Financial Daily from THE HINDU group of publications
Saturday, Nov 06, 2004
Industry & Economy - Economy
Inflation rises on costly food, minerals
New Delhi , Nov. 5
THE annual wholesale price index (WPI)-based inflation rate rose to 7.38 per cent for the week ended October 23 from 7.1 per cent during the preceding week.
The year-on-year inflation rate was up due to an all-round price hike across the three major commodity categories, with the WPI rising 0.3 per cent to 189.1 points, according to data released by the Ministry of Commerce and Industry today.
While the index of primary articles rose 0.7 per cent to 191.8 points due to costlier food and non-food articles, the index of fuel, power, light and lubricants was up marginally by 0.2 per cent to 282.3 points, mainly due to a five per cent hike in naphtha prices.
Manufactured products was up marginally by 0.1 per cent to 167.4 points due to costlier food products, chemicals, base metals, and transport equipment.
Among primary articles, the food articles group index rose by 0.5 per cent to 190 points due to higher prices for vegetables and eggs (four per cent each), poultry chicken (three per cent), jowar (two per cent) and moong and barley (one per cent).
Prices, however, declined in the case of maize (two per cent) and arhar, tea and urad (one per cent each).
The index of non-food articles was up by 0.1 per cent to 187.7 points due to costlier raw silk (six per cent), raw rubber, gingelly seed & raw jute (two per cent each) and groundnut seed & sunflower (one per cent each).
Prices, however, fell for niger seed (three per cent), safflower (two per cent) and castor seed, skins, sugarcane and cotton seed (one per cent each).
The minerals index shot up by nine per cent to 299.1 points due to higher prices for fire clay (20 per cent), iron ore (14 per cent), barytes (11 per cent), china clay (five per cent) and gypsum (four per cent).
However, chromites became cheaper by 52 per cent, magnesite by 25 per cent, steatite 14 per cent and fluorite (one per cent).
Among the manufactured products, the food products index was up by 0.1 per cent to 176.4 points due to higher prices of solvent-extracted groundnut oil and groundnut oil (two per cent each), and rice bran oil (one per cent), even as gur became cheaper by two per cent.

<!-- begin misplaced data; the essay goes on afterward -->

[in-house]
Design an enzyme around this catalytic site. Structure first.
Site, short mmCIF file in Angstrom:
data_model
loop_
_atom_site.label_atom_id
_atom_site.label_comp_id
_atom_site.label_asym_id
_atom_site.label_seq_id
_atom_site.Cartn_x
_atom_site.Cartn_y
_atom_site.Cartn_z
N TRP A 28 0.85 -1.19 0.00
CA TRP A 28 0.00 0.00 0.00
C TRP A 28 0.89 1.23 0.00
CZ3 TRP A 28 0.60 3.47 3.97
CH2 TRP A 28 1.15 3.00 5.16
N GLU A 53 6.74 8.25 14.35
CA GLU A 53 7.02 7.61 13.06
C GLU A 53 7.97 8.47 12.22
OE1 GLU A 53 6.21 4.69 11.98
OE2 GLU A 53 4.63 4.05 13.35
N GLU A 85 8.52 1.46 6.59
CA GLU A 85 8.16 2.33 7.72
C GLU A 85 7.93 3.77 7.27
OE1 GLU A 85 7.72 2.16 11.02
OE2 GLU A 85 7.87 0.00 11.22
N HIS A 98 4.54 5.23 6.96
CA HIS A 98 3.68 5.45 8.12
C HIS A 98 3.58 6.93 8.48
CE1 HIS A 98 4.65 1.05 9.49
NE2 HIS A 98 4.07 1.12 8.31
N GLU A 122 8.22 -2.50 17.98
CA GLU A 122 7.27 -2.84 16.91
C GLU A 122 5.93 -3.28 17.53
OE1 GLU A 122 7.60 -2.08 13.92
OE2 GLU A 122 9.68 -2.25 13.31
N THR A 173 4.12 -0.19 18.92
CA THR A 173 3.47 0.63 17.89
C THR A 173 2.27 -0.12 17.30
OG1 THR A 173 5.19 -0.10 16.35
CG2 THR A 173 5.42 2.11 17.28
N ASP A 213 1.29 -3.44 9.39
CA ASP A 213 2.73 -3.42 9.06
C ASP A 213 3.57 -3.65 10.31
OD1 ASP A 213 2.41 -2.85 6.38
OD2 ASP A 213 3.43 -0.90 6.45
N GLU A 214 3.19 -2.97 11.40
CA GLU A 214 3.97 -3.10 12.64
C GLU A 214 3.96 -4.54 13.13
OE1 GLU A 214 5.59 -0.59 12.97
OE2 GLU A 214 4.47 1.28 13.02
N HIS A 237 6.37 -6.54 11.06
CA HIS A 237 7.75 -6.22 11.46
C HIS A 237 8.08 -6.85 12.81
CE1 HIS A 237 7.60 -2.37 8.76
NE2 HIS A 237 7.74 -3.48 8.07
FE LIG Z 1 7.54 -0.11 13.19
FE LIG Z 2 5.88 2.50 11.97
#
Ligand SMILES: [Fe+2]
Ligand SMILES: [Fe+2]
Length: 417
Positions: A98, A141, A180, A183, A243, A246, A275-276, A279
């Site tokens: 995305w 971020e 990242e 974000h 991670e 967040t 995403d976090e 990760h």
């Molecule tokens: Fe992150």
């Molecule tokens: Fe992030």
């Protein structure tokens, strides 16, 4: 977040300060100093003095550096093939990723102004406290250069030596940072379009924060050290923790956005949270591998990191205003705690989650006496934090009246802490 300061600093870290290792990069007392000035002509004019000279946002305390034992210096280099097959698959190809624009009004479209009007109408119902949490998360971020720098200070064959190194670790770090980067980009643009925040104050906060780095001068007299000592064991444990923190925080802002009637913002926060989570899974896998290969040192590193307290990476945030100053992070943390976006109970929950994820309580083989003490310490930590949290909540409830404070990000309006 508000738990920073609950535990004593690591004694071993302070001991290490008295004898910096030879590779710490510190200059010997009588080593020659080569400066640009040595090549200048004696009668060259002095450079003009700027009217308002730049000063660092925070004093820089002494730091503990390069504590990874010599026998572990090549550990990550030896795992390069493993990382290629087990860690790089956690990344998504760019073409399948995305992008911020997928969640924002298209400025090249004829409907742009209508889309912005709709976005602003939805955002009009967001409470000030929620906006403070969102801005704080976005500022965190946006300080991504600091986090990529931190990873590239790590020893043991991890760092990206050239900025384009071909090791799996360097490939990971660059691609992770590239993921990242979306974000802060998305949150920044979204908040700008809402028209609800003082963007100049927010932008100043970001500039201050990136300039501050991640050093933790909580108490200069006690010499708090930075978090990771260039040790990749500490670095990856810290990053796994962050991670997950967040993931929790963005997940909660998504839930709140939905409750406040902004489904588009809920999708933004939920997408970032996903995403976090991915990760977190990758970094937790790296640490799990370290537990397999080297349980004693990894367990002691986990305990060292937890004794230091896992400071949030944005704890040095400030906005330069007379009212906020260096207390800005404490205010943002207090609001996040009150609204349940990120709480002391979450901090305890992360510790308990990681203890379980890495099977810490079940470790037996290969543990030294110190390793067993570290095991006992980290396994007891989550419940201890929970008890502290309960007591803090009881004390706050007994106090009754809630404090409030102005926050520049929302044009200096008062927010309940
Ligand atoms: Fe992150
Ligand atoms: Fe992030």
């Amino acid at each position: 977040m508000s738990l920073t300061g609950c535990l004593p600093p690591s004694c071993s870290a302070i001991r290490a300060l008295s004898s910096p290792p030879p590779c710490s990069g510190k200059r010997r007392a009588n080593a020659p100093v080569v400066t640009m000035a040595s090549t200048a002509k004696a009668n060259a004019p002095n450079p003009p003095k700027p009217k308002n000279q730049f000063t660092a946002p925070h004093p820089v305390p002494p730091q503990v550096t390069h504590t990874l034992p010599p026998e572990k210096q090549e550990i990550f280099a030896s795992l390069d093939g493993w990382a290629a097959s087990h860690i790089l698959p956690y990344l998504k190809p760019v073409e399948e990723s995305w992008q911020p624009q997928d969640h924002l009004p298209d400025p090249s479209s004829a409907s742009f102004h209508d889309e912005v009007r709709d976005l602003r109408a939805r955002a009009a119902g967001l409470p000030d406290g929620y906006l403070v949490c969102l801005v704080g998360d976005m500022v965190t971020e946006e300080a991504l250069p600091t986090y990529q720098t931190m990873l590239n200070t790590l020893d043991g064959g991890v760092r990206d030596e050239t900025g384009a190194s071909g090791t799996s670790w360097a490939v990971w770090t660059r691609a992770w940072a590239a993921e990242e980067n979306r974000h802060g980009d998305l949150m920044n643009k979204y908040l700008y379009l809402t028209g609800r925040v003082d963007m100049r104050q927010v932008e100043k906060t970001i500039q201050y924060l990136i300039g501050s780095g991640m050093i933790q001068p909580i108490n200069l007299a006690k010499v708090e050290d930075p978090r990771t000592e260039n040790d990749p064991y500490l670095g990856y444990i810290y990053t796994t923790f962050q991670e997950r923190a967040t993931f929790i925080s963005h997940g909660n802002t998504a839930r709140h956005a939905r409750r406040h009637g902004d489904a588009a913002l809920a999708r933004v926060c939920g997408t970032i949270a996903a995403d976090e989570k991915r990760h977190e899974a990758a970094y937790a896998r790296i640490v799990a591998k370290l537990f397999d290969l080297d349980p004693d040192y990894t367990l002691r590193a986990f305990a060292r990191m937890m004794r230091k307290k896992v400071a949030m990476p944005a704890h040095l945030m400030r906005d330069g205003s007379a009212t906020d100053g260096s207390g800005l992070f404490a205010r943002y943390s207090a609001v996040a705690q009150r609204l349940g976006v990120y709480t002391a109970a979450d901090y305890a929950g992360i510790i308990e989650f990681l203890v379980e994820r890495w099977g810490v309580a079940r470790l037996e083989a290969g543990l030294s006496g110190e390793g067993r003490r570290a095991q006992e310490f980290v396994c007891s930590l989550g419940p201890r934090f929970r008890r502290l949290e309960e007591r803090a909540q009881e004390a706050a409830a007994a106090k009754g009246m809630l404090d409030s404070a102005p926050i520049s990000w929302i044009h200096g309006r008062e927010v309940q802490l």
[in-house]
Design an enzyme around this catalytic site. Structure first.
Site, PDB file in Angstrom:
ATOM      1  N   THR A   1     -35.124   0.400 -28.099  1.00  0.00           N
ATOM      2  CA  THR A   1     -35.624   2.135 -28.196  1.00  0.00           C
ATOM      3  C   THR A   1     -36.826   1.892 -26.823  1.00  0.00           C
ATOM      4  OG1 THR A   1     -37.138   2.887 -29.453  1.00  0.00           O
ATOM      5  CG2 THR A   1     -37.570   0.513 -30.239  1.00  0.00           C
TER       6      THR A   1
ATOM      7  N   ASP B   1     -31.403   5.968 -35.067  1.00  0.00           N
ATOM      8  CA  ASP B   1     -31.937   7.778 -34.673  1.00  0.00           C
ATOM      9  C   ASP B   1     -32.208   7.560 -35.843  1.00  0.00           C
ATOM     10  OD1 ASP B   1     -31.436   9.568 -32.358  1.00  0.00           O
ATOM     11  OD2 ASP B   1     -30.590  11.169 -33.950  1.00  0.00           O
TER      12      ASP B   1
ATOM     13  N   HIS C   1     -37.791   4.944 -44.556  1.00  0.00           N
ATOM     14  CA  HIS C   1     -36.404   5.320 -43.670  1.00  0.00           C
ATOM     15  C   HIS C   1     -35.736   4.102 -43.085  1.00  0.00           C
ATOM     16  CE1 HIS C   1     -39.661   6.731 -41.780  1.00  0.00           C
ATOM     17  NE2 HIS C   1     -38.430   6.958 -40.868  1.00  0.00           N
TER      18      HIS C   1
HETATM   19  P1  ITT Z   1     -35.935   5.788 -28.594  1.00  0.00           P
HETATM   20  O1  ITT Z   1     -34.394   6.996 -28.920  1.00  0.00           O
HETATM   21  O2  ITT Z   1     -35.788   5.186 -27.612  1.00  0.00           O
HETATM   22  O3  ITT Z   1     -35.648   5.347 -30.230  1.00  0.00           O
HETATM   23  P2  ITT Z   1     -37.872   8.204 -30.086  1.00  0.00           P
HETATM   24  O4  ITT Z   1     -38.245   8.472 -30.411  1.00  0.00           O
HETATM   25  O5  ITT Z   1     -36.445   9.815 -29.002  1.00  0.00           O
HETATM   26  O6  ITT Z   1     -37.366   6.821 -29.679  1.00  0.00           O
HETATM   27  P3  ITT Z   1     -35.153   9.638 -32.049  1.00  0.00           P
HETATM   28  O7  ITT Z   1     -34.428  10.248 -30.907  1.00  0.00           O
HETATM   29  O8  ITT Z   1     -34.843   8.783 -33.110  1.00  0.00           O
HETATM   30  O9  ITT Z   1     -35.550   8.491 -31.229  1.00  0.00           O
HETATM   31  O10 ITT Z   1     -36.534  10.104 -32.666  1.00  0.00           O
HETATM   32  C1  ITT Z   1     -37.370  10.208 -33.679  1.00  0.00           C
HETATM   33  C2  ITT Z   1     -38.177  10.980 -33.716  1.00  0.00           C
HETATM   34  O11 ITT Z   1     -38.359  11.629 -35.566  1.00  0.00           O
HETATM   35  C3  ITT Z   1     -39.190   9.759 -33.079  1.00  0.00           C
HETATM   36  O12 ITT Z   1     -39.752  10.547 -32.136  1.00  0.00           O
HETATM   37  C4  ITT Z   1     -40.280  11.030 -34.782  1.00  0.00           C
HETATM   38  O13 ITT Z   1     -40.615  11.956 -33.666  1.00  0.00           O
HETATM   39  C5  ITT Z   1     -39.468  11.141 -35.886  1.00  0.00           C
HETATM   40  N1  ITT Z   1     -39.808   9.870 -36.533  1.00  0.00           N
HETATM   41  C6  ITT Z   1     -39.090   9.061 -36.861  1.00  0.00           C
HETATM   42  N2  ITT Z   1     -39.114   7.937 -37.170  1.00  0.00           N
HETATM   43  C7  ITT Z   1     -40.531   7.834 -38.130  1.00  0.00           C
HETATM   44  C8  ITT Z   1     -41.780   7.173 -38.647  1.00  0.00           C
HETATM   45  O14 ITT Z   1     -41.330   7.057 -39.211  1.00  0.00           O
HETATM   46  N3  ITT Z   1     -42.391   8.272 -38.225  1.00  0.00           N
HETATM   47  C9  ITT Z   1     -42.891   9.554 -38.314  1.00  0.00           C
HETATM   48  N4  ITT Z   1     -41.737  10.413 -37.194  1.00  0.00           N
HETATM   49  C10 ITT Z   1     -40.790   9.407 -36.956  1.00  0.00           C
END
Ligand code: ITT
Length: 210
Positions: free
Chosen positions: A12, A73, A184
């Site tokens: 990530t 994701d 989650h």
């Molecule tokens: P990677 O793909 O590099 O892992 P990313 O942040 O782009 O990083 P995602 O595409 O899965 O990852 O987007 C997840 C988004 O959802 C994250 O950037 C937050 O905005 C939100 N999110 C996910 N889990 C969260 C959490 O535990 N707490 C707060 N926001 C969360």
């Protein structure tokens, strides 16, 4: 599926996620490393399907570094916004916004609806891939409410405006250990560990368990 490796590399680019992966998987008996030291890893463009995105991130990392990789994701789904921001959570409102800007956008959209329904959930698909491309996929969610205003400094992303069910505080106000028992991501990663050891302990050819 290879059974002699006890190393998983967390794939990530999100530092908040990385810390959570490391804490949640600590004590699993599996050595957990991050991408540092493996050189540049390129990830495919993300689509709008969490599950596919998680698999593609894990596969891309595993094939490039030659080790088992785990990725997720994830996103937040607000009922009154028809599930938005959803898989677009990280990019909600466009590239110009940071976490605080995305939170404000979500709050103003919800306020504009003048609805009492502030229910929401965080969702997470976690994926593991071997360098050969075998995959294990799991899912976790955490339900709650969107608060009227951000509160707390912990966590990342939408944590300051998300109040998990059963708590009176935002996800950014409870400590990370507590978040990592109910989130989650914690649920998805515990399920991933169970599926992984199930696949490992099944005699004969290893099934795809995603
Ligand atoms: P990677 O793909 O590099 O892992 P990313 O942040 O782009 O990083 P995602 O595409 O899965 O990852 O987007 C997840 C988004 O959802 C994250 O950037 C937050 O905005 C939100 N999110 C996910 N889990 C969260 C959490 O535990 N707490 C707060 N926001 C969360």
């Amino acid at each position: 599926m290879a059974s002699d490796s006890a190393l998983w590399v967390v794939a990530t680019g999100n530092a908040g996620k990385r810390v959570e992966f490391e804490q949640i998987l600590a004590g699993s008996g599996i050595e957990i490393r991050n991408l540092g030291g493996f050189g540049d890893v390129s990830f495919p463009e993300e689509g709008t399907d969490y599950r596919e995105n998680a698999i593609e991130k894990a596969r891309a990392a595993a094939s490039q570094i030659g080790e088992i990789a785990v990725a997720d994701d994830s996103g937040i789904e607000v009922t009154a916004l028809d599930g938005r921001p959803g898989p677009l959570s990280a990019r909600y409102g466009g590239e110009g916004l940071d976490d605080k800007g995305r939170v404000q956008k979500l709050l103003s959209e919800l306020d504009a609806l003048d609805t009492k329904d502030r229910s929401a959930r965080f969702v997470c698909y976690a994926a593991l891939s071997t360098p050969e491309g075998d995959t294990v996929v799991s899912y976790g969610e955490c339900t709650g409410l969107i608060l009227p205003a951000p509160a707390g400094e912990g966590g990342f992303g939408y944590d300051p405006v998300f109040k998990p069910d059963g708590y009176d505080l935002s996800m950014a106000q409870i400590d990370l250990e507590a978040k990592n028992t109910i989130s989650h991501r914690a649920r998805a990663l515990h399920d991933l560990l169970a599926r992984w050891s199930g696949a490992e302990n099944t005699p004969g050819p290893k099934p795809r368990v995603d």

A one per cent decline in the prices of cotton-yarn hanks pushed down the index for textiles by 0.1 per cent to 137.4 points, while woollen yarn became costlier by one per cent.
The chemicals and chemical products group index was up by 0.1 per cent to 182.1 points, but vitamin tablets became cheaper by one per cent.
A marginal decline in cement prices led to a 0.3 per cent decline in the non-metallic mineral products index to 155.9 points.
The basic metals, alloys, and metal products group rose by 0.4 per cent to 206.1 points due to higher prices of aluminium sheets and strips (nine per cent), aluminium rolled products (five per cent), MS bars and rounds and other iron steel (four per cent each), steel sheets, plates and strips, aluminium ingots (two per cent each) and aluminium foils (one per cent).
A nine per cent hike in the prices of PVC insulated cables pushed up machinery and machine tools by 0.4 per cent to 141.2 points, even as semiconductor prices fell by six per cent.
A one per cent increase in the price of bus chassis (diesel) pushed up the transport equipment and parts index by 0.1 per cent to 155.5 points.
The Government also released the final WPI inflation figures at 8.74 per cent for the week ended August 28, much higher that the provisional figure of 8.33 per cent released earlier.
The final WPI stood corrected at 189.2 points during the last week of August as compared to the provisional mark of 188.5 points.
Stories in this Section
The Hindu Group: Home | About Us | Copyright | Archives | Contacts | Subscription
Group Sites: The Hindu | Business Line | Sportstar | Frontline | The Hindu eBooks | The Hindu Images | Home |
Copyright © 2004, The
Hindu Business Line. Republication or redissemination of the contents of
this screen are expressly prohibited without the written consent of
The Hindu Business Line